Some time ago I was invited to contribute a paper to a forthcoming volume entitled Being in Time: Dynamical Models of Phenomenal Experience. I was pleasantly surprised to find out that I was invited because of my paper “What is a Brain State?” Looking back at that paper, which I was writing in 2004-2005, I was interested in questions about the Identity Theory and not so much about consciousness per se and I wished I had said something relating the thesis there to various notions of consciousness. So I was happy to take this opportunity to put together a general statement of my current views on this stuff as well as a chance to develop some of my recent views about higher-order theories. Overall I think it is a fairly decent statement of my considered opinion on the home of consciousness in the brain. Any comments or feedback is greatly appreciated!
So I am finally done teaching summer school and am ready to settle in to my two weeks of ‘vacation’ before the Fall semester begins. Just as I am about to switch on the PS3 I am struck by the following line of argument…let me know what you think of it…
Those who know me know that I am fond of an argumentative strategy that I call ‘deprioritizing’ when it comes to a priori arguments against (or for) materialism. The idea is taken from the police. When something is deprioritized we still recognize it is a legitimate thing but also recognize that it is not a high priority. So if we are deprioritize the a priori arguments we can still acknowledge that in principle we can tell a priori what is what but for us it will be an empirical discovery. By the time a priori methods will be useful it will be too late. I do this by introducing shombies and zoombies. A shombie is a physical duplicate of me that has consciousness in the absence of any non-material properties. I have claimed that when we are conceiving of a shombie world we are NOT conceiving a a zombie world. But how do we know that it is not? I tend to think of the shombie world as the close possible world where some kind of higher-order theory is true and we have consciousness just like we do in the actual worlds.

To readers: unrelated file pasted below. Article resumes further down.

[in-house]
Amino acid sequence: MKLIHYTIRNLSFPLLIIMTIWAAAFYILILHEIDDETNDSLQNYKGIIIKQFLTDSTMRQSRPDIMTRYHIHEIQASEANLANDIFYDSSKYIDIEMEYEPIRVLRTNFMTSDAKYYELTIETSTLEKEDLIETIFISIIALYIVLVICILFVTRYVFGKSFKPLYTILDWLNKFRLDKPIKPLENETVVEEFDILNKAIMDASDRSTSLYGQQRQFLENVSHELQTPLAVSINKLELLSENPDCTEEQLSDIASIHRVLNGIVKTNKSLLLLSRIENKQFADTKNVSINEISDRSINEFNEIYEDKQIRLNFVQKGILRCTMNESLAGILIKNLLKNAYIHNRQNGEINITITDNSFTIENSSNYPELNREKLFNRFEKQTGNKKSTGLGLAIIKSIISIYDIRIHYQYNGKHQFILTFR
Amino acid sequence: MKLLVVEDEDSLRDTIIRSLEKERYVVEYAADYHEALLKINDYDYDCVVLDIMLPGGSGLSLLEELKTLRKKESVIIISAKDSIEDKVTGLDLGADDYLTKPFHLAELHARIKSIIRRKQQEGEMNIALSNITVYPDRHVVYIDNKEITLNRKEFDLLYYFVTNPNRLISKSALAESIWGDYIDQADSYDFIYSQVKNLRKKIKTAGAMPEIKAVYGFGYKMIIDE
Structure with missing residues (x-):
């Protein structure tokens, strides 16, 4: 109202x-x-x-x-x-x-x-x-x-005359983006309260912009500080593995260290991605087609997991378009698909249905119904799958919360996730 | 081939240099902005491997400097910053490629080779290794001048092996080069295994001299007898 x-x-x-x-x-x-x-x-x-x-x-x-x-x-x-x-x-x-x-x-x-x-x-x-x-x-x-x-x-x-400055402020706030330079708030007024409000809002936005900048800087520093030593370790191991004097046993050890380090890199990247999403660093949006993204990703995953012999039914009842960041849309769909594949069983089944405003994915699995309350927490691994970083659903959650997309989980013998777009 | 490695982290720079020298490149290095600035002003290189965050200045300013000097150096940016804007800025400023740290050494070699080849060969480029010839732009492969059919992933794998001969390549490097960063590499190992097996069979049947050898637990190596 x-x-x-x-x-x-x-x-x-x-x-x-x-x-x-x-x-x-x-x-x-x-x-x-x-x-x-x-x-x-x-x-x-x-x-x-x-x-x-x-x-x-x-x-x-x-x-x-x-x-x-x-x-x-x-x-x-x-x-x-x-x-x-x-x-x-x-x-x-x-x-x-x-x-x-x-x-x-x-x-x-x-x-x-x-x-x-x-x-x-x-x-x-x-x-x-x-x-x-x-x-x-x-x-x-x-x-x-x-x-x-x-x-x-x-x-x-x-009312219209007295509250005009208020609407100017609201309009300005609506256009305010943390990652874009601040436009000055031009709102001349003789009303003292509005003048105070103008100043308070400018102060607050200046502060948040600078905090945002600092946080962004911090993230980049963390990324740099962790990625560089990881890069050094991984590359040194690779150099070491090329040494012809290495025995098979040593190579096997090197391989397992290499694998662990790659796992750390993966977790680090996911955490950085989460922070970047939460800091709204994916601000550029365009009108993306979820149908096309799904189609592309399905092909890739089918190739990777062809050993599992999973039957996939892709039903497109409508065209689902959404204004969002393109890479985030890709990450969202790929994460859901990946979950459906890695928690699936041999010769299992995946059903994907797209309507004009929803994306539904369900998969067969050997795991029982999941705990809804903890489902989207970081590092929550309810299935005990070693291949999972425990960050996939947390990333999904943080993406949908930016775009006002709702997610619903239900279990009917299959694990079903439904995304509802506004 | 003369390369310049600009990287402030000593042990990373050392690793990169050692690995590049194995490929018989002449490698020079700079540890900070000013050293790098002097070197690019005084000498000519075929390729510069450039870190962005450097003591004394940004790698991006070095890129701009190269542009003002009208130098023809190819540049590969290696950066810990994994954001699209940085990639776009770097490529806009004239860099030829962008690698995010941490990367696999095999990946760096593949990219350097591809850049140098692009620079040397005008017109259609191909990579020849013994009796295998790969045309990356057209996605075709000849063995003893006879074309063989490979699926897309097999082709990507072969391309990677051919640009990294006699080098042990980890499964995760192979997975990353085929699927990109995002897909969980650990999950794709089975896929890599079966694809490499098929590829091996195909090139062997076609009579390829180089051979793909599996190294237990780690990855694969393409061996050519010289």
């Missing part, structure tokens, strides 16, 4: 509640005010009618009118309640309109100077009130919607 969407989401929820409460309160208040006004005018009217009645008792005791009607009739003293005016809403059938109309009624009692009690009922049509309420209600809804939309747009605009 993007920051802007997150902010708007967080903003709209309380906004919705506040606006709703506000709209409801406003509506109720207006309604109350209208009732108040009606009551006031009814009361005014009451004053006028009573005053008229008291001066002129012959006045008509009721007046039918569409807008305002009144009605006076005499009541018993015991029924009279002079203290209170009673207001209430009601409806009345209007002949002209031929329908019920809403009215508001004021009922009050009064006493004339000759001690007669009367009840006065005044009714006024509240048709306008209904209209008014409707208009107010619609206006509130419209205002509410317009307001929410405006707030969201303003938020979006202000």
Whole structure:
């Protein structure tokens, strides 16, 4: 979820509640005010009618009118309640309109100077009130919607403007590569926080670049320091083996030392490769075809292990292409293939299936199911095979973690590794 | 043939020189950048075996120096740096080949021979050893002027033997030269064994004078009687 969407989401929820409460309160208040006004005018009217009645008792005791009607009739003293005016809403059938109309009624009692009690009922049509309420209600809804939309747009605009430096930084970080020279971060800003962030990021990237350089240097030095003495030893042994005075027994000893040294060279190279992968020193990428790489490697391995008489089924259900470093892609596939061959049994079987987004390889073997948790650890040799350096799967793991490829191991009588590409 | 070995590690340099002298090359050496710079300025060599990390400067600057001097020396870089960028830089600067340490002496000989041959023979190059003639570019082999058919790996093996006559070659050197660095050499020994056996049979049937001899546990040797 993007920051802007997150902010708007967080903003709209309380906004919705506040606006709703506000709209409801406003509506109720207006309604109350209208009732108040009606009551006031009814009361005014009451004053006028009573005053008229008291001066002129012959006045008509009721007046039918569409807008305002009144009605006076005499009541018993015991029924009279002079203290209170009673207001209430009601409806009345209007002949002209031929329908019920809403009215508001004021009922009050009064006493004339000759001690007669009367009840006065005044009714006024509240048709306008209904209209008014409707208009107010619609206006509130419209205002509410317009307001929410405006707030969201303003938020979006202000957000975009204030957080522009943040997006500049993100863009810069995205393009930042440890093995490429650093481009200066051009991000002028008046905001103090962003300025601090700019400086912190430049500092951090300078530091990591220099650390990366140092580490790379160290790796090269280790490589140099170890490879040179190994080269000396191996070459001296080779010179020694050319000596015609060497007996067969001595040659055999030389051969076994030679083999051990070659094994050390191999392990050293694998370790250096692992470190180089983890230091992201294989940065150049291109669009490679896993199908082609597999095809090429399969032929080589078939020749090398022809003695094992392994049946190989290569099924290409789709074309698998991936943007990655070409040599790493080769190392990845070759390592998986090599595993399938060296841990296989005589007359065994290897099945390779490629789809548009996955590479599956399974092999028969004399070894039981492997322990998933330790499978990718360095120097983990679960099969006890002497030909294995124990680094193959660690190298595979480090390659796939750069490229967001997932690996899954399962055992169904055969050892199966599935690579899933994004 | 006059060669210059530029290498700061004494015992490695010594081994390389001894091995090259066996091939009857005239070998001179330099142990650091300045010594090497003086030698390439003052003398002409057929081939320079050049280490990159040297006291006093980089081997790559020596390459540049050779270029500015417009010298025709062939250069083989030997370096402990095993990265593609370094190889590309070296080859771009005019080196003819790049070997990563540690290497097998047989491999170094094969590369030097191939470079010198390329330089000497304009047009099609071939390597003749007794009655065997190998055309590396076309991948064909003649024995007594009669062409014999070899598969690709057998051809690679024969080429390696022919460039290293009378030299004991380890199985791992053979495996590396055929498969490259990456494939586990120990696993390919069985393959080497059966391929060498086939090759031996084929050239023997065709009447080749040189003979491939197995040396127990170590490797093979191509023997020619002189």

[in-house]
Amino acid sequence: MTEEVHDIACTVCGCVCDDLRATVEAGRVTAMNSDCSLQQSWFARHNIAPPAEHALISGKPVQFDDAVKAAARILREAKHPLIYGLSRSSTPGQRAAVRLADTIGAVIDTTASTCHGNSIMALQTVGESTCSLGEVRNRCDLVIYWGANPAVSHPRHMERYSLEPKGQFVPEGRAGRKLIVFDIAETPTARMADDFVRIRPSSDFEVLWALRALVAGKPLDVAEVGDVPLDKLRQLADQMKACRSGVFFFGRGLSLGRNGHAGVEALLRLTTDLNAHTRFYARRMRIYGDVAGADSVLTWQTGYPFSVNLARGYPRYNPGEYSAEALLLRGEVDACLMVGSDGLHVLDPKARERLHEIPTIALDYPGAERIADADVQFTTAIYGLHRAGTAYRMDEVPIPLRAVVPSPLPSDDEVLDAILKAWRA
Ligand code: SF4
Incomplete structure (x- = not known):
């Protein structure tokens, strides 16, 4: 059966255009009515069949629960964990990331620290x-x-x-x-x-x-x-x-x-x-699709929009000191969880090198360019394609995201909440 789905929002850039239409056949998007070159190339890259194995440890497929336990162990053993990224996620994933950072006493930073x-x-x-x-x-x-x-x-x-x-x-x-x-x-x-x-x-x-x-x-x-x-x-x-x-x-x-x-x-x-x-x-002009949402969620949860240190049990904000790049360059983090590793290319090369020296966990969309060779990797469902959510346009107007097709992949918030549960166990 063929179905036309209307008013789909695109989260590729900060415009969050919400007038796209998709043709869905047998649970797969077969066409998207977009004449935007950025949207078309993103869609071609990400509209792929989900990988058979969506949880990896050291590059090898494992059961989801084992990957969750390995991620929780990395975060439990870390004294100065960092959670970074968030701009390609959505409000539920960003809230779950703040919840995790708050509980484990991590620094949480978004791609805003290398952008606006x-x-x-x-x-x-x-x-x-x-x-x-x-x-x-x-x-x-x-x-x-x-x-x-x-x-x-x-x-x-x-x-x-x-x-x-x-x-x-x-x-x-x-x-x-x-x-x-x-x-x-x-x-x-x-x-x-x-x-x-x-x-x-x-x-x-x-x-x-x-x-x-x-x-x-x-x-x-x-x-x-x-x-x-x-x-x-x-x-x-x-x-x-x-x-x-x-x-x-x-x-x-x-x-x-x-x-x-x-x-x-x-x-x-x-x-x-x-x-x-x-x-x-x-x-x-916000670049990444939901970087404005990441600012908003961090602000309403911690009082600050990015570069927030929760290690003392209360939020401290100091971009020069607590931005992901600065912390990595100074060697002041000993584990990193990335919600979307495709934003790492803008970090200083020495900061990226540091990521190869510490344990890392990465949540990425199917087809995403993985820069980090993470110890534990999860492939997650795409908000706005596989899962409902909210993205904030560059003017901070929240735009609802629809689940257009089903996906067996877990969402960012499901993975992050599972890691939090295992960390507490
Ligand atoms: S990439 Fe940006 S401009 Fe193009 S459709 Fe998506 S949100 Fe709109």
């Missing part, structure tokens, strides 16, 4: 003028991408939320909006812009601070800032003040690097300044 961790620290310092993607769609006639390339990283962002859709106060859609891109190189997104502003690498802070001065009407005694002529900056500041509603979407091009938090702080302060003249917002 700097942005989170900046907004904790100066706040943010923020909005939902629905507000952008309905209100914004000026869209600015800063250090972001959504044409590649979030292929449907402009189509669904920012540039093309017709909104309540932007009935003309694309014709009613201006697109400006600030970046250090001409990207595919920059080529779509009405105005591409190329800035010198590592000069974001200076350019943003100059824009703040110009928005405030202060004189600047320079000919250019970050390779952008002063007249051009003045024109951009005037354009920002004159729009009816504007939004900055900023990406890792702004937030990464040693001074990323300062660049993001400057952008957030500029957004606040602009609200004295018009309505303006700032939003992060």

This got me to thinking. How does the other side know that consciousness is absent at the zombie world? According to them to know that one is consciously seeing red is to be acquainted with a red quale in such a way as to have it partly constituting my belief or judgment. So to know that we have consciousness, or to know that it isn’t lacking at the actual world, requires being acquainted with it. So how do we know that it is lacking at the zombie world? Sure can conceive of a word with our physics at some future date but all we can ‘see’ is that there are beings there who look like us, talk like us, etc. It would seem that we have no way to tell from the third-person whether these ‘zombies’ really do lack consciousness and since that is the only way for us to know about zombies we are led to a contradiction. In order to conceive of zombies we must know that they lack consciousness, but it is impossible for us to know that they lack consciousness, thus zombies are inconceivable. We can sum this up in the following argument.
1. If zombies are ideally conceivable then we can know that they (the zombies) lack consciousness
2. We cannot know that they lack consciousness
3. Therefore zombies are not ideally conceivable
An opponent might respond that it is just stipulated that there is no consciousness at the zombie world but this is exactly the reason why physicalist claim that the zombie argument is question begging or that it builds into the very concept of consciousness that it is non-physical.